I just spoke with a friend who lives in my house. She moved to the US from India a while back.
Because of that, she pronounces some words differently, so that sometimes people don’t understand her.
Here’s where we come to one of these interesting “peeks under the hood” of people’s inner workings.
She’s 1) SUPER motivated to be understood and to be successful in the US. But 2) Not very interested in changing her pronunciation.
I got flustered. To me, those two views don’t go together. So, I poked around until she said:
“But if I start changing my accent, won’t I lose who I am?”
BAM! How could I forget? This is one of the biggest objections our readers have before they decide to take the leap.
So, I told her what I tell our participants:
We change all the time. You speak in one way with grandma and another way with your friends. This doesn’t make you fake, quite the opposite: One of the things that make us human is our ability to adapt and improve. It’s not shallow, it’s beautiful.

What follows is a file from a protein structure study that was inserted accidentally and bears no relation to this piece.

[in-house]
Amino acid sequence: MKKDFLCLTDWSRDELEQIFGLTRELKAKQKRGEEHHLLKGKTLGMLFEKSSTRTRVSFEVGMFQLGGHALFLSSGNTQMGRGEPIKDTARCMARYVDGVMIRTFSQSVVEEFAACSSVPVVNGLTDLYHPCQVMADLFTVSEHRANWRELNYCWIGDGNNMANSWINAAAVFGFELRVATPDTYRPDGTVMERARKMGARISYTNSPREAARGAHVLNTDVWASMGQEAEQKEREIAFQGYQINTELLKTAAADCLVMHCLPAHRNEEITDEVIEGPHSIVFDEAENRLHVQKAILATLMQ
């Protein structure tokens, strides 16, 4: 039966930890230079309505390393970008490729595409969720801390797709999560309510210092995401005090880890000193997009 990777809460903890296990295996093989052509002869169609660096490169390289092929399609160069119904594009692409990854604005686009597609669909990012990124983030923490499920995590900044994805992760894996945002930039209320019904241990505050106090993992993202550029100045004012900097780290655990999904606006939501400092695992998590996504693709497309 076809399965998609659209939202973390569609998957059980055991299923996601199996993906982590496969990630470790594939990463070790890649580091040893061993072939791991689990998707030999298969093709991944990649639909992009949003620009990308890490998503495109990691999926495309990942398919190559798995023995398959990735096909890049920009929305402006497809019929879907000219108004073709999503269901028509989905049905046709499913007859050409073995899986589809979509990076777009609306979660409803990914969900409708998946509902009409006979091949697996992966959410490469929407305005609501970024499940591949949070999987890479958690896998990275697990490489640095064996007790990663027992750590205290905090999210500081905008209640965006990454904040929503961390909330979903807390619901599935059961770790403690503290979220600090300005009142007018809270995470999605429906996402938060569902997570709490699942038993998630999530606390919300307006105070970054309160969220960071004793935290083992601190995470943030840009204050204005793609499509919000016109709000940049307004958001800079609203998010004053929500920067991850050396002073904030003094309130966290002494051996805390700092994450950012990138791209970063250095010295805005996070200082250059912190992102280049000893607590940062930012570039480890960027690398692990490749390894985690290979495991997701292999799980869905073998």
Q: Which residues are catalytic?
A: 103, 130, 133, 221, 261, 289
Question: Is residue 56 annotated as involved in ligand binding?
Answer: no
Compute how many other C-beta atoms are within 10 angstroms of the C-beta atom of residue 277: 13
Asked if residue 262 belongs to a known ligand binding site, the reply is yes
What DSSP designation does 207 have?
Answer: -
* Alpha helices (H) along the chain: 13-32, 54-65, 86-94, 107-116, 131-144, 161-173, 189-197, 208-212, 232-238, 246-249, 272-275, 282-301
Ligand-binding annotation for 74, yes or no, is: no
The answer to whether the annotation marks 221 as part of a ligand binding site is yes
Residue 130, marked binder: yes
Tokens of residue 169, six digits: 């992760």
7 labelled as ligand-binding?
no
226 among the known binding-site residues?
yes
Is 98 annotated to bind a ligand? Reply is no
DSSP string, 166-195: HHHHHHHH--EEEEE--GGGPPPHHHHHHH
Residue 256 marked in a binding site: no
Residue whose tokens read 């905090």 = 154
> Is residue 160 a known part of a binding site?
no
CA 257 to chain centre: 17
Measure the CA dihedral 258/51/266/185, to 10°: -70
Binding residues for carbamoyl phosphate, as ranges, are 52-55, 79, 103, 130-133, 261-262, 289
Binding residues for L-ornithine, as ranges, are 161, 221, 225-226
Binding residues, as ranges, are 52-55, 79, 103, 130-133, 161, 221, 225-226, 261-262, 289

I told her about the two things that we DON’T want to change: Our beliefs and our values. (Even they change over the years, but we shouldn’t change them to fit in).
Then there are manners – like how we act, energy level, accent, topics we talk about. As long as they don’t go against our beliefs and values, we can adapt them to any situation we’re in.
What she did after I told her this surprised even me. She started practicing my pronunciation and asked me to critique it. (Yeah yeah I know, my pronunciation is also a work in progress). It was like she had always been motivated to improve, and now that the final objection was out of the way, nothing held her back.
Changing how you act won’t make you lose who you are. As long as you act in accordance with your values and beliefs, you will always be you. It’s a powerful realization, but sometimes I forget HOW powerful it is.
Read more: How to be yourself in social settings.
Have you ever kept from self-improvement because you’ve been afraid to lose who you are?
Let me know in the comments!